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Will I Qualify For Disability Benefits in Alabama?

Actually, you have a fairly decent chance of qualifying for disability benefits in Alabama. Statistical data suggests that roughly thirty-one percent of all disability claimants qualify for disability benefits in Alabama when they file their initial disability claim with Social Security. The obvious corollary to this, of course, is that approximately seventy percent of claimants will need to follow the appeals process in order to win benefits.

How do you qualify for disability benefits? Primarily, by satisfying the Social Security Administration definition of disability. The SSA definition of disability maintains that for an individual to be found disabled, they must have one or more medically determinable impairments (which may be physical, mental, or both) that are severe enough to last at least one full year in duration and prevent them from engaging in SGA, or substantial and gainful work activity.

Meeting the SSA definition of disability will always entail a review of the claimant's medical evidence. After this review has been conducted by a disability examiner, the determination may be made that the claimant has a condition that satisfies a listing in the Social Security list of impairments. Most claimants will not be found to have a listing-level impairment.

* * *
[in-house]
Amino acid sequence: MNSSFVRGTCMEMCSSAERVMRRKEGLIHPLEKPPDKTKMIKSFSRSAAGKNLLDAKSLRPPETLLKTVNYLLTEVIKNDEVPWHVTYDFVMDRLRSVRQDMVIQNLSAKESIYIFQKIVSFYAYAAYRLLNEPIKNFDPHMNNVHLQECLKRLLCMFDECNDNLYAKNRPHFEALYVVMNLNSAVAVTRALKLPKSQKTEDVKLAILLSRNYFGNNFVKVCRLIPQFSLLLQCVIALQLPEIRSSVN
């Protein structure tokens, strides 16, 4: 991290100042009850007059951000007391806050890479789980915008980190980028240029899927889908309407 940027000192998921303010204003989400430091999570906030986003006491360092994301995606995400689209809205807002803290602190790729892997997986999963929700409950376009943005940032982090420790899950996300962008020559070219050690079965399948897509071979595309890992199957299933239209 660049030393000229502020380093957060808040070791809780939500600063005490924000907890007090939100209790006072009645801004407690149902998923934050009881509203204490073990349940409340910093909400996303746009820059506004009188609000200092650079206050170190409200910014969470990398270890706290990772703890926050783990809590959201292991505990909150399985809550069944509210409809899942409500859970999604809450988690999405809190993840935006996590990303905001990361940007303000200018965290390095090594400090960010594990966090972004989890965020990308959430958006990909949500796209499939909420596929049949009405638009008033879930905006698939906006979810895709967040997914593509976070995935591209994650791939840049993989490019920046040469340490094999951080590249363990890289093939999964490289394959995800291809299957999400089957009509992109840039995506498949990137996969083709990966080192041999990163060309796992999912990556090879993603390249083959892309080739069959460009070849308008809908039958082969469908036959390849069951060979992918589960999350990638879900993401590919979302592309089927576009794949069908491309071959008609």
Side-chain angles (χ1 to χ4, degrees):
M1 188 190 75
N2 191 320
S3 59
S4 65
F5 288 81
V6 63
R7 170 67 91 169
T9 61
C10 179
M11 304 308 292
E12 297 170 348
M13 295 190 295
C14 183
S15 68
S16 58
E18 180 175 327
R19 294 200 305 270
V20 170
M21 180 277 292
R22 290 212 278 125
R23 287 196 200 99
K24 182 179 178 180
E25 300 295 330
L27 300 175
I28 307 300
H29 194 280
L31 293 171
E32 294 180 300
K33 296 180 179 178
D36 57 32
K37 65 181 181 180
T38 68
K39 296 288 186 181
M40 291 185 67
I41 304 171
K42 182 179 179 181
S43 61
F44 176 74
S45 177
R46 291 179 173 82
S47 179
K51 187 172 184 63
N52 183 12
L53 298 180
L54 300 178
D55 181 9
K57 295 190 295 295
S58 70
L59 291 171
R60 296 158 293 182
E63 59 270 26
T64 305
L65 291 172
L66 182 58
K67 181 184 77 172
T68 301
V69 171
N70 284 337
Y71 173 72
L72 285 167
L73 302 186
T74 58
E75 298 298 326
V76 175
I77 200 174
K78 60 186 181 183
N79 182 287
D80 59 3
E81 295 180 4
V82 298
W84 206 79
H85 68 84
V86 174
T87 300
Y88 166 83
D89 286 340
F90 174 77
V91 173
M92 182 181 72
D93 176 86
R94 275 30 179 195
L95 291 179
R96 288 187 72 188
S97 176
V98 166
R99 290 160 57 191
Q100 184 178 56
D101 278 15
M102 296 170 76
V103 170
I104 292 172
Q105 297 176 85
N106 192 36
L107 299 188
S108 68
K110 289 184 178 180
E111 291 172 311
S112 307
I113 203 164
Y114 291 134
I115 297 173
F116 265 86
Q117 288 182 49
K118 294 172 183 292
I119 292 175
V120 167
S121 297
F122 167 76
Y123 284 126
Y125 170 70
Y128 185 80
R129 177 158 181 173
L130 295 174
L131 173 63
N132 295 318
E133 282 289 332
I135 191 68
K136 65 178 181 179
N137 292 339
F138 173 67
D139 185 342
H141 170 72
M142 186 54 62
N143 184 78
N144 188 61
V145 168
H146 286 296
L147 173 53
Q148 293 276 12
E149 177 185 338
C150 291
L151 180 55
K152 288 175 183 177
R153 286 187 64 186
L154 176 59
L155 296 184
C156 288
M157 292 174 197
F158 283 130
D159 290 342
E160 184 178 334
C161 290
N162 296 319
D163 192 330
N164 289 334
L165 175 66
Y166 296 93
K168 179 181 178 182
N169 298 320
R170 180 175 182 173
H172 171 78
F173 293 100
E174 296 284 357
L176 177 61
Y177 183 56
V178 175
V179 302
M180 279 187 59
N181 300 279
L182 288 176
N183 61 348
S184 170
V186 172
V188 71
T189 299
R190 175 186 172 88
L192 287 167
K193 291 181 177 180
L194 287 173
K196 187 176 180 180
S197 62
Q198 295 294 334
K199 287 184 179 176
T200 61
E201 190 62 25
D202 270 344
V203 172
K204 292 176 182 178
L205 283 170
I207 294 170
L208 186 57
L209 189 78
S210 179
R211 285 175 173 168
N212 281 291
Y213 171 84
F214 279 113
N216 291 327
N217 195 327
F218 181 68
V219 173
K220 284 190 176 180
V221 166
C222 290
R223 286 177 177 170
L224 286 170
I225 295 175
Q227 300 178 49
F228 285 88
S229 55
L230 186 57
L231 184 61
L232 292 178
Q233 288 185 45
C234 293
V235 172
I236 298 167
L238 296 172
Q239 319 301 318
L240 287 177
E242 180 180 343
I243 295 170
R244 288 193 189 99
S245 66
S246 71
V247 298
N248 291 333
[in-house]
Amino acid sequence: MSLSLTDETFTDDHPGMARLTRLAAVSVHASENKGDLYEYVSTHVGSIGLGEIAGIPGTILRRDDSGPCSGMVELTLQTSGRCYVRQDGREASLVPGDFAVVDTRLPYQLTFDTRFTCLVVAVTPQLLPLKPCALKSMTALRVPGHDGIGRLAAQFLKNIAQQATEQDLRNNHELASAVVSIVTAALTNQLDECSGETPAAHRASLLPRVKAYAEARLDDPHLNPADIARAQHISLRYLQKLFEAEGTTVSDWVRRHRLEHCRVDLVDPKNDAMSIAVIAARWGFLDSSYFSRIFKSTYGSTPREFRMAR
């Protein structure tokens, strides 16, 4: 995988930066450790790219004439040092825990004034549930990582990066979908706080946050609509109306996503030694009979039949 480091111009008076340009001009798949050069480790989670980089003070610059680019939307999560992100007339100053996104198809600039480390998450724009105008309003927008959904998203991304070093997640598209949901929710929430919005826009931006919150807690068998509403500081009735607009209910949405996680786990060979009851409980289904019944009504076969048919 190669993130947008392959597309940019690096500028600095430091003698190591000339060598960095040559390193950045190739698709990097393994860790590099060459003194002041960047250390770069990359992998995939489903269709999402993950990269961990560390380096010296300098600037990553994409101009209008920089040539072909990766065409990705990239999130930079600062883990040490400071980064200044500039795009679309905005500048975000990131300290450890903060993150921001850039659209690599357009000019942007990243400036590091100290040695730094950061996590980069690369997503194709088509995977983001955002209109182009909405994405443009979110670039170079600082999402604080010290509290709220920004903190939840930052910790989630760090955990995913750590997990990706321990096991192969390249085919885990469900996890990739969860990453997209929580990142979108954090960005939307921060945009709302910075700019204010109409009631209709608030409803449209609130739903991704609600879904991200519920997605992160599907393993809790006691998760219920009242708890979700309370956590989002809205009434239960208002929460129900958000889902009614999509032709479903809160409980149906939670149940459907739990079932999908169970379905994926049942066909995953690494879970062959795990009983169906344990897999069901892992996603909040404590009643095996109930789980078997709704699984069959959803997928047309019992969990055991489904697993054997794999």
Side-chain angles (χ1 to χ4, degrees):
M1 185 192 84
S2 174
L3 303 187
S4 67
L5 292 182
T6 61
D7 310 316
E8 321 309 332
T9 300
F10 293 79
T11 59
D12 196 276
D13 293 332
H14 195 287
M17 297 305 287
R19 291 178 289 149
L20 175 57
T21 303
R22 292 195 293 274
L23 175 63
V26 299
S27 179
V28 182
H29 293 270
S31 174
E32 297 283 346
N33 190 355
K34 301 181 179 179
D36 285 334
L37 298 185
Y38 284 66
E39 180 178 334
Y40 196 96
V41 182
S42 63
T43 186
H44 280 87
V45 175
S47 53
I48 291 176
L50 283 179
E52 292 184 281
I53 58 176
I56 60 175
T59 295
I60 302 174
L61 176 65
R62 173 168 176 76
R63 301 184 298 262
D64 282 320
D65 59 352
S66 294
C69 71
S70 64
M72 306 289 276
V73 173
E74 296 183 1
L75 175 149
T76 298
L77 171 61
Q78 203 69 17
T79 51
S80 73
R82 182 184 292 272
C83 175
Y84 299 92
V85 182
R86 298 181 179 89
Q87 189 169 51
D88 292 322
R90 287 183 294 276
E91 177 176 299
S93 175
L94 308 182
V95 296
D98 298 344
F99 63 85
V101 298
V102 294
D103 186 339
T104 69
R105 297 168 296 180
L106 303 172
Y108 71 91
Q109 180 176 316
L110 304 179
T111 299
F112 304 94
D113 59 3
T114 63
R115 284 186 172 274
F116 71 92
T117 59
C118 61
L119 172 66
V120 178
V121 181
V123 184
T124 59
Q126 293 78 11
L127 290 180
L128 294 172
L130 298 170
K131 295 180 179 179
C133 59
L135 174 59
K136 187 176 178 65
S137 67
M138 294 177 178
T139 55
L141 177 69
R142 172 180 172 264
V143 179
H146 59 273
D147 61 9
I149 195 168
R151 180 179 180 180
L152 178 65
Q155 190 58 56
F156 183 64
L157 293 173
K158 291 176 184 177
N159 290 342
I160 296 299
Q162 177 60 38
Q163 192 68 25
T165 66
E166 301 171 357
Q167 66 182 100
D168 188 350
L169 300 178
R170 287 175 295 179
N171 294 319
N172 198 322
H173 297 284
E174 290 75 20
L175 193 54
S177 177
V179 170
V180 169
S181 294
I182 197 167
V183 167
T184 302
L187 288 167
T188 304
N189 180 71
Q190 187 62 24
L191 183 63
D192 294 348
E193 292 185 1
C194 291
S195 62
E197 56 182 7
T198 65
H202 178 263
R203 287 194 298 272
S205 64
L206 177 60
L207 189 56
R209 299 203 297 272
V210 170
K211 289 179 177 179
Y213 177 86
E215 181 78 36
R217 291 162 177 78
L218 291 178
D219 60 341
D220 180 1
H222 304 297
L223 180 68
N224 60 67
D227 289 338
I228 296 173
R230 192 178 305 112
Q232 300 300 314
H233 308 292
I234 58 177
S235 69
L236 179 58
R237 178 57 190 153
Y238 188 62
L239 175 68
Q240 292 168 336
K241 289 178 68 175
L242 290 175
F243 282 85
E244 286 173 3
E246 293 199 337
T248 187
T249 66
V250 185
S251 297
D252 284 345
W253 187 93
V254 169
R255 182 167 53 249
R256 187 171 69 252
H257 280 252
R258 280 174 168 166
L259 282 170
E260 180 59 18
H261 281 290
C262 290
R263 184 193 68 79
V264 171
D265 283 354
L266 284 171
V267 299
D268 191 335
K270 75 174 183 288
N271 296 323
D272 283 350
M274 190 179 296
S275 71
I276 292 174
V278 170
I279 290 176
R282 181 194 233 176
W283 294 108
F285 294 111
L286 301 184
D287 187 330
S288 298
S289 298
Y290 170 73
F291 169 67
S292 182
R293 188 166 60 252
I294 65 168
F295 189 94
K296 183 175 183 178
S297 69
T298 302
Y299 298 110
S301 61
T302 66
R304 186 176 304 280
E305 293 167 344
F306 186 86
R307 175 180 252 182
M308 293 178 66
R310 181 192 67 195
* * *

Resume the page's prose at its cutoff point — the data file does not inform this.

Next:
Nonetheless, claimants may still be approved on the basis that they no longer have the ability to A) return to their past work or B) switch to some type of other work. This form of approval is known as a medical vocational allowance and it involves a review of the claimant's work history as well as their history of medical treatment.

If a claimant is denied on an initial disability claim, they may still qualify for disability benefits by filing a reconsideration appeal. Only fourteen percent of reconsideration appeals filed in Alabama are approved for disability benefits. While this is a disappointing approval rate, the reconsideration appeal is still a necessary step in the Social Security disability process, primarily because going through the reconsideration phase allows a case to move forward in the system.

After the reconsideration appeal has been concluded, a claimant may file for an administrative law judge hearing. The average approval rate for disability hearings in Alabama is about sixty percent; more disability applicants qualify for disability benefits at this level of the disability process than any other.

Individuals wishing to improve their chances of qualifying for disability benefits at a hearing may wish to speak with a Social Security disability representative. A representative can be a disability lawyer, or a non-attorney representative (many of whom are former Social Security employees, such as field office claims representatives, disability examiners, and hearing office personnel).

The approval rate for disability applicants with social security representation is higher than those who chose to forgo representation at their disability hearing.

Note: The request for reconsideration appeal step is currently suspended in the state of Alabama as Alabama is one of 10 prototype states testing a system in which denied claims move immediately to the hearing level upon appeal. Reconsideration may be reinstated at some point and many consider this likely. In the meantime, a claimant who is denied on a disability application should request, and prepare, for a hearing before a federal administrative law judge.

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